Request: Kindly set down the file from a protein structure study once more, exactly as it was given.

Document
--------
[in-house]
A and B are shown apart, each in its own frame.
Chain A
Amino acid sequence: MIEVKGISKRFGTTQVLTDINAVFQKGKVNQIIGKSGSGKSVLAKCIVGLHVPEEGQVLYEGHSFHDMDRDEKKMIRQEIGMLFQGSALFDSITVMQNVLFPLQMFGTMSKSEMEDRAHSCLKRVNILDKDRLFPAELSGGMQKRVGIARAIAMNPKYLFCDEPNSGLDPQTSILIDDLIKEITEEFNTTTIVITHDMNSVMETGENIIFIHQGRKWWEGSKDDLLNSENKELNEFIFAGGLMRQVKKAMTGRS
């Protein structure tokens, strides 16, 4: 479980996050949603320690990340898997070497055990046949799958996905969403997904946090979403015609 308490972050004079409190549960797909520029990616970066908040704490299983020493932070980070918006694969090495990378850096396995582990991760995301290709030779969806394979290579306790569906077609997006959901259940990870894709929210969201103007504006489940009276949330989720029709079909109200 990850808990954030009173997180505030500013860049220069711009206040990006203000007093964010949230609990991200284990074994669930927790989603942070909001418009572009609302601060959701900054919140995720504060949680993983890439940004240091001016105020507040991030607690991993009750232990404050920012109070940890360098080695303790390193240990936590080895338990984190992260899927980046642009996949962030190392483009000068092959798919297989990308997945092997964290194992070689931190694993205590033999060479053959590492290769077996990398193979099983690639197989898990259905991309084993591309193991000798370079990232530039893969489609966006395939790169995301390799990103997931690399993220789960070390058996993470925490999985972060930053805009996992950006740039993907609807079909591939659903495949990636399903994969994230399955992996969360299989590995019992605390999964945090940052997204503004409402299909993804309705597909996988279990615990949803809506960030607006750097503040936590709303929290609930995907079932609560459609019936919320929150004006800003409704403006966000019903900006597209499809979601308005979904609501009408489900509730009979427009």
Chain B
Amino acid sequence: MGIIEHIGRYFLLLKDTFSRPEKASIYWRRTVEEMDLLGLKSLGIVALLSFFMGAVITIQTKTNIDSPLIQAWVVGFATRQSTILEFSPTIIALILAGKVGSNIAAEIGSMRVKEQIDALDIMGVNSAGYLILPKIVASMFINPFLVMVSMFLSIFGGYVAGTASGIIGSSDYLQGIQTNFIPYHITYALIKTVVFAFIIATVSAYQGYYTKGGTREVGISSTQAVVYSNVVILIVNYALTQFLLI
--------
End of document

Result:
[in-house]
A and B are shown apart, each in its own frame.
Chain A
Amino acid sequence: MIEVKGISKRFGTTQVLTDINAVFQKGKVNQIIGKSGSGKSVLAKCIVGLHVPEEGQVLYEGHSFHDMDRDEKKMIRQEIGMLFQGSALFDSITVMQNVLFPLQMFGTMSKSEMEDRAHSCLKRVNILDKDRLFPAELSGGMQKRVGIARAIAMNPKYLFCDEPNSGLDPQTSILIDDLIKEITEEFNTTTIVITHDMNSVMETGENIIFIHQGRKWWEGSKDDLLNSENKELNEFIFAGGLMRQVKKAMTGRS
């Protein structure tokens, strides 16, 4: 479980996050949603320690990340898997070497055990046949799958996905969403997904946090979403015609 308490972050004079409190549960797909520029990616970066908040704490299983020493932070980070918006694969090495990378850096396995582990991760995301290709030779969806394979290579306790569906077609997006959901259940990870894709929210969201103007504006489940009276949330989720029709079909109200 990850808990954030009173997180505030500013860049220069711009206040990006203000007093964010949230609990991200284990074994669930927790989603942070909001418009572009609302601060959701900054919140995720504060949680993983890439940004240091001016105020507040991030607690991993009750232990404050920012109070940890360098080695303790390193240990936590080895338990984190992260899927980046642009996949962030190392483009000068092959798919297989990308997945092997964290194992070689931190694993205590033999060479053959590492290769077996990398193979099983690639197989898990259905991309084993591309193991000798370079990232530039893969489609966006395939790169995301390799990103997931690399993220789960070390058996993470925490999985972060930053805009996992950006740039993907609807079909591939659903495949990636399903994969994230399955992996969360299989590995019992605390999964945090940052997204503004409402299909993804309705597909996988279990615990949803809506960030607006750097503040936590709303929290609930995907079932609560459609019936919320929150004006800003409704403006966000019903900006597209499809979601308005979904609501009408489900509730009979427009």
Chain B
Amino acid sequence: MGIIEHIGRYFLLLKDTFSRPEKASIYWRRTVEEMDLLGLKSLGIVALLSFFMGAVITIQTKTNIDSPLIQAWVVGFATRQSTILEFSPTIIALILAGKVGSNIAAEIGSMRVKEQIDALDIMGVNSAGYLILPKIVASMFINPFLVMVSMFLSIFGGYVAGTASGIIGSSDYLQGIQTNFIPYHITYALIKTVVFAFIIATVSAYQGYYTKGGTREVGISSTQAVVYSNVVILIVNYALTQFLLI